4.What does your normal day begins with? And what motivates you to keep going?

I don’t have a fixed schedule as I work with a scattered team. Some people are working in India, some in Canada and some here in New York. My day starts with meetings that continue well into the afternoon.   I have to manage teams and wear a lot of hats in the process. On most days, I forget to eat breakfast, because of my jam-packed morning agendas and meetings. But on some days, I’ll give myself a break and have a 9 hour sleep

Being an entrepreneur comes with its fair share of blues. Every day I feel like quitting. I miss working on new technologies, building robots, and discussing politics with friends.  If you are a designer reading this, you will understand that after figuring out a strategy and a solution to a problem you want swift execution so that you can move on the next big challenge.

But then I receive mails like these:

“I saw your web portal and also the video featured on it. It's very inspirational. In the end, when the mother tells her daughter to take a hand from somebody who can help her, is a tender part where a person feels the warmth of being understood. I had multiple opportunities in the last two years to be a speaker at events but my mom simply told me not to with the reason that there was no need to attend them.

There were many things I wasn't permitted to do like attending the International Robocon, giving a TEDx talk, taking the CAT/GRE or even studying further.  Many of my memories are blurred as I don't wish to remember them. If I do I can't breathe even for a moment. I wanted to study out of my small hometown because I hated it.

I always had a crazy childhood dream to create a hologram computer. I thought it would be realized if I ever got a chance to be at the MIT Media Lab. Right now I am learning and working in the data science domain but somehow it's too difficult because I never get time to study. I am expected to learn household stuff. I am just a simple girl from Nasik trying to explore the world. I am an average person and already came a long way that neither I nor anyone else could have dreamt about. A lot of times when people think about a career, I find myself thinking about how to live. Some dreams are crazy. A data scientist, a researcher, just a girl or a dead soul. I don't know what I will be.”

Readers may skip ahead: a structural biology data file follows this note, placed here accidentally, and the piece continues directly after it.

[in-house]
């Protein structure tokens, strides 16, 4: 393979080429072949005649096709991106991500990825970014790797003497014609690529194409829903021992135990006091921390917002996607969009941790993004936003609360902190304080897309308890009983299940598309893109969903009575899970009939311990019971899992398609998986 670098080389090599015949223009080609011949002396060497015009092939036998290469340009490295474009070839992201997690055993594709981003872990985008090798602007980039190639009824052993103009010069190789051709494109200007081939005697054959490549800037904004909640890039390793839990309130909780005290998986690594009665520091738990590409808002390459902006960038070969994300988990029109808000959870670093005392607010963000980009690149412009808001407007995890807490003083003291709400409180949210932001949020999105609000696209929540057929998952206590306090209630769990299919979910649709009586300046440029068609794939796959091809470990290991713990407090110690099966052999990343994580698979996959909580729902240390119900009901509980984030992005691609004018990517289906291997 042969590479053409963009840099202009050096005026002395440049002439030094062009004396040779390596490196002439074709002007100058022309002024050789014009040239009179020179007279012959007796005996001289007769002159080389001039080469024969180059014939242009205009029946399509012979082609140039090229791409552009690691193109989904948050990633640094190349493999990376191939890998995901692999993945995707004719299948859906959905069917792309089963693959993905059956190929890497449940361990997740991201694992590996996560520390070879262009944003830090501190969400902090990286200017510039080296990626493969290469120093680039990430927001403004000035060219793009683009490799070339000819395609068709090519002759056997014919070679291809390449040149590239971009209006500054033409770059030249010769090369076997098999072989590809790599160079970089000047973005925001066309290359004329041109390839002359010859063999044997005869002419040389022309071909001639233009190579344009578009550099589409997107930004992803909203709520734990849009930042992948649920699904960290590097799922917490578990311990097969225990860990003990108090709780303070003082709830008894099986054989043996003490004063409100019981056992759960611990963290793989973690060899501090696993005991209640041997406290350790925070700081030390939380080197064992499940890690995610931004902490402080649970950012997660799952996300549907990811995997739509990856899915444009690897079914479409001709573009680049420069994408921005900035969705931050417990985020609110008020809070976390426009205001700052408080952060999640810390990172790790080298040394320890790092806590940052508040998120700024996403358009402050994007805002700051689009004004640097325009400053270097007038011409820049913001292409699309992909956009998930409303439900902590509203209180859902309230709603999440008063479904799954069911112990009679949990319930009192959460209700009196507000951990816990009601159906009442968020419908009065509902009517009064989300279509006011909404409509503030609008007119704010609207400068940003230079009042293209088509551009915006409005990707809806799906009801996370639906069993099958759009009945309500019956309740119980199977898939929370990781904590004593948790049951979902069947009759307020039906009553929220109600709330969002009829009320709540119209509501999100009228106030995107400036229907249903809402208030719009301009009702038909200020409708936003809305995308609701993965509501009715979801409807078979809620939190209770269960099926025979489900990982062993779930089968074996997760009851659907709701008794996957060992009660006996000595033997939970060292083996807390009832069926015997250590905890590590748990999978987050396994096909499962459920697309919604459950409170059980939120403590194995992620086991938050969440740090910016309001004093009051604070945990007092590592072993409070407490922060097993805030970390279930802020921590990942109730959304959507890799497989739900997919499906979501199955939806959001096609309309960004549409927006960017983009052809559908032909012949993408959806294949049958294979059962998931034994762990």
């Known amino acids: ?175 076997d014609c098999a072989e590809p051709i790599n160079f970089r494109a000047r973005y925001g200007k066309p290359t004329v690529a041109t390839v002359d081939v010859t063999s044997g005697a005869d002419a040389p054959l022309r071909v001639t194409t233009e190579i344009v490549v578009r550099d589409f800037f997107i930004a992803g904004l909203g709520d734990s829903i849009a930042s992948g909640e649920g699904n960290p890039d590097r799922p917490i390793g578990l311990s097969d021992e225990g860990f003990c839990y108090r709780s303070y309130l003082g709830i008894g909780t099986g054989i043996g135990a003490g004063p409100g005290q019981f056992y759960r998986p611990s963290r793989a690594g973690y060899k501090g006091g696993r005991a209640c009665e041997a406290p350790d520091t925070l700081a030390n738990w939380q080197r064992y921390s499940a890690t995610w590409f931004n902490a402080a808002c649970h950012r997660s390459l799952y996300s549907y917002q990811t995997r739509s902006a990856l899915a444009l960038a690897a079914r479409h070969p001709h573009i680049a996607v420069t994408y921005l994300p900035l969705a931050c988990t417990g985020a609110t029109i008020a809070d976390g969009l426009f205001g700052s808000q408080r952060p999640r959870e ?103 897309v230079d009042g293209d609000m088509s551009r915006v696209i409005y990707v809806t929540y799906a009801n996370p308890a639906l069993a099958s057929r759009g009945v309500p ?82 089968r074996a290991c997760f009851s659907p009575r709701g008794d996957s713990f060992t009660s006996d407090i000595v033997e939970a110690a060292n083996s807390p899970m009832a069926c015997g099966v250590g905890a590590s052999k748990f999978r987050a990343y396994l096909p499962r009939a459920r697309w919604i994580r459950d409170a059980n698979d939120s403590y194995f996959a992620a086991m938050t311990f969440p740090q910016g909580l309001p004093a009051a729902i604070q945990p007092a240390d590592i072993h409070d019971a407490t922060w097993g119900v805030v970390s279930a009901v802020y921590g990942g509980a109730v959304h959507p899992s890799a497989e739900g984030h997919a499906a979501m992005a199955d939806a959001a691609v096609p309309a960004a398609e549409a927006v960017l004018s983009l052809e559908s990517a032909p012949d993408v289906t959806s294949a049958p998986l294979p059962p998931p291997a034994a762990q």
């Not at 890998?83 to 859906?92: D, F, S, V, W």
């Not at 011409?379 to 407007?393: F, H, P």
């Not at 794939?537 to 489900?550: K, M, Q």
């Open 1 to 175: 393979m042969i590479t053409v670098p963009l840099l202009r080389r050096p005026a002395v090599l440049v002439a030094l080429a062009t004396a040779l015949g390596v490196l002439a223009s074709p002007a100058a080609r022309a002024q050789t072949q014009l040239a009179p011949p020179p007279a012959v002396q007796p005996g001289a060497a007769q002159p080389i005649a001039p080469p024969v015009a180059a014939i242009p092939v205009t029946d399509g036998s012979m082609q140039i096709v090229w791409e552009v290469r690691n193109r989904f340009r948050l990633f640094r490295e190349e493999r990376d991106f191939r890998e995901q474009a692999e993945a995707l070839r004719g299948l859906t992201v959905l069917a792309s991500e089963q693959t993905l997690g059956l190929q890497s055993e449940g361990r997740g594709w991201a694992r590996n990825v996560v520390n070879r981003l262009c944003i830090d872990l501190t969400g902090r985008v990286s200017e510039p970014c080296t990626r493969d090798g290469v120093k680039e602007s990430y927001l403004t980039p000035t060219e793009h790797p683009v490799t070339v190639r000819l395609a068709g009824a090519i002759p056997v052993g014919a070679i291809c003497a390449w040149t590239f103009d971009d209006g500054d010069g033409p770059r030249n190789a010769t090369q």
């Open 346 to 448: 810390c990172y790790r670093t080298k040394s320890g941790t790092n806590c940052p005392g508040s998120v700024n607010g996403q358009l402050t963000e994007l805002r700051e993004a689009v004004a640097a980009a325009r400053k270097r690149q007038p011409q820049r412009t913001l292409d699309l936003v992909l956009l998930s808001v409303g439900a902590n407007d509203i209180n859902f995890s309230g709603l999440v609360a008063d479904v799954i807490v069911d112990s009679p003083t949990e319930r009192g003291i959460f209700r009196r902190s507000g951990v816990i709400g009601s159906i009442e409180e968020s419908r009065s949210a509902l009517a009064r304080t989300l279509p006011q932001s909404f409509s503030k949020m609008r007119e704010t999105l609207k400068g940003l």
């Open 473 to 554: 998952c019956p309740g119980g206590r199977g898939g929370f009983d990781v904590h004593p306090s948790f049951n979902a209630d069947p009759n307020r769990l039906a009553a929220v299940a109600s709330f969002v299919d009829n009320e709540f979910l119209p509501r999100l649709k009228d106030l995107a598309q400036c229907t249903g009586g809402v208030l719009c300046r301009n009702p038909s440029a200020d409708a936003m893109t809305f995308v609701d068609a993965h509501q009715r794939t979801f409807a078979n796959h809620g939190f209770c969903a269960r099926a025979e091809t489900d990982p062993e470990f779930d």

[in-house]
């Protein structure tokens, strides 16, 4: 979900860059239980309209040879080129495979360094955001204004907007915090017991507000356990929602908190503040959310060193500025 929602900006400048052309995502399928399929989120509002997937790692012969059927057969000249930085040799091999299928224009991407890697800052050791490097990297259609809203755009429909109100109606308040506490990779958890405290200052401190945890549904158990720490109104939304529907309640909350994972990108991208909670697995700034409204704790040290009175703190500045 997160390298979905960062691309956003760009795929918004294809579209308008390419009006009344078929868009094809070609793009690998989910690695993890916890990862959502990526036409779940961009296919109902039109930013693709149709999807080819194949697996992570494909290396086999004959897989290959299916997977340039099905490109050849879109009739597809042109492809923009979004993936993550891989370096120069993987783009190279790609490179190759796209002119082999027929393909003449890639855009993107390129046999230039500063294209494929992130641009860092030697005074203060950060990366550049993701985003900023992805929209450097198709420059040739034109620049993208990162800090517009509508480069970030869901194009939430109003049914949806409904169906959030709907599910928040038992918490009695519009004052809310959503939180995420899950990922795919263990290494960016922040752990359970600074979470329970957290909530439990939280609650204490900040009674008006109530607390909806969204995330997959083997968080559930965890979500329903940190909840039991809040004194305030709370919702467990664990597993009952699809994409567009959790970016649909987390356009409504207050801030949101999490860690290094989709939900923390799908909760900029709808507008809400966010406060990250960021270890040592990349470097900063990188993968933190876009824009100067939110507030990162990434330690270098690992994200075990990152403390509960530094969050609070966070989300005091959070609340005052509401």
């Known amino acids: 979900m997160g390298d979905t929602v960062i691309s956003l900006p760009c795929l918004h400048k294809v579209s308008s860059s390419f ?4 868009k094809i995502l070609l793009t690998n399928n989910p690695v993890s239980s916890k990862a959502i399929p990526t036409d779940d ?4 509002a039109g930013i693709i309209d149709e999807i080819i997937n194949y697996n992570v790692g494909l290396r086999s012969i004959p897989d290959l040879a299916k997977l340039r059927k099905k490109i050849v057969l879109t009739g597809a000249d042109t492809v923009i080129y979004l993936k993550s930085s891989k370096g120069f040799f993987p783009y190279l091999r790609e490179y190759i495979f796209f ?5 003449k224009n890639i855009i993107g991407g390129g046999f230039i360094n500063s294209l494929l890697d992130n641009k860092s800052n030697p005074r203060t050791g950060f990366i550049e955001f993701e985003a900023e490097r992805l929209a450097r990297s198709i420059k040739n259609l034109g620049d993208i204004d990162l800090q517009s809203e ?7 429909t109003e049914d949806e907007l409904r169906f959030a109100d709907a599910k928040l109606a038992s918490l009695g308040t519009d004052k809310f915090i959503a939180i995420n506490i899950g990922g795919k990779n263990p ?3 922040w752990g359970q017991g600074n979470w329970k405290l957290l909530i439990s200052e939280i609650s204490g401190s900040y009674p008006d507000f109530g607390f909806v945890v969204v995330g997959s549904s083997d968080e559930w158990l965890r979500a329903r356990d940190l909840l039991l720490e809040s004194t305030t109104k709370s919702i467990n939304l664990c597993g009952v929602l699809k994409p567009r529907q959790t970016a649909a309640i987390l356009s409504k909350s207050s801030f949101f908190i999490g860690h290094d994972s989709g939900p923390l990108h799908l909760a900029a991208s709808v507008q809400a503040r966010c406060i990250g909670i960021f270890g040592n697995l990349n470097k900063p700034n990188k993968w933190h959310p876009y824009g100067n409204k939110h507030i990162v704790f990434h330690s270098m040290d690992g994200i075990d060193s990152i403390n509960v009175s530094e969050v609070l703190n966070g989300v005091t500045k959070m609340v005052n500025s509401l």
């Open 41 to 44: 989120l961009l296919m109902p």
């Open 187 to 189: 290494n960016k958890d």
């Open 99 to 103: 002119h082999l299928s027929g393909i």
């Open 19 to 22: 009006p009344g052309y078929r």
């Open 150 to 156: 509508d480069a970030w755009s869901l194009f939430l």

Such stories keep me going.

Oh! By the way, she is a part of our team now :)

 

5.How important is family support in this journey? How well has your husband and father supported you? Give this piece of advice to other fathers, brothers and husbands.

 

I told my dad once that I am very tired of doing this. It is 24x7 work and that soon I will have to raise money.

He said “How much are you looking to raise? Make me your partner.  Also, it’s always good to be busy and nothing happens in this world easily. You have to struggle. “

I was really amazed that my dad was saying all that. Couldn't stop smiling the whole day!

Our husbands and fathers are our natural mentors and give advice/help unconditionally.  They didn’t have it easy themselves in a world that still views men as the “bread-winners” or the providers. They understand the struggle and have been under a lot of pressure too.   It’s very important they hold our hands at places and help us cross hurdles.

I never shied away from asking either as I never felt that there was/is anything wrong is accepting that there are many things I don’t know.

My husband is my permanent mentor, both emotionally and work wise. He has been a constant support throughout.  He even lets me know when I am acting like a bitch :P

 

6.Do you realize that you have broken a number of social taboos? For instance, "Ambitious women are not good mothers" etc. What do you have to say about people believing in such things?

I am still not a mother but have been under a  constant pressure from both our parents to be one. I really can’t comment on this question since I am terrified of such a big responsibility as well.

I  respect my mother a lot  and all the mothers who raise their kids every day. Kids are like projects that you can’t drop midway  if something goes  wrong, and  say “I am done with this. “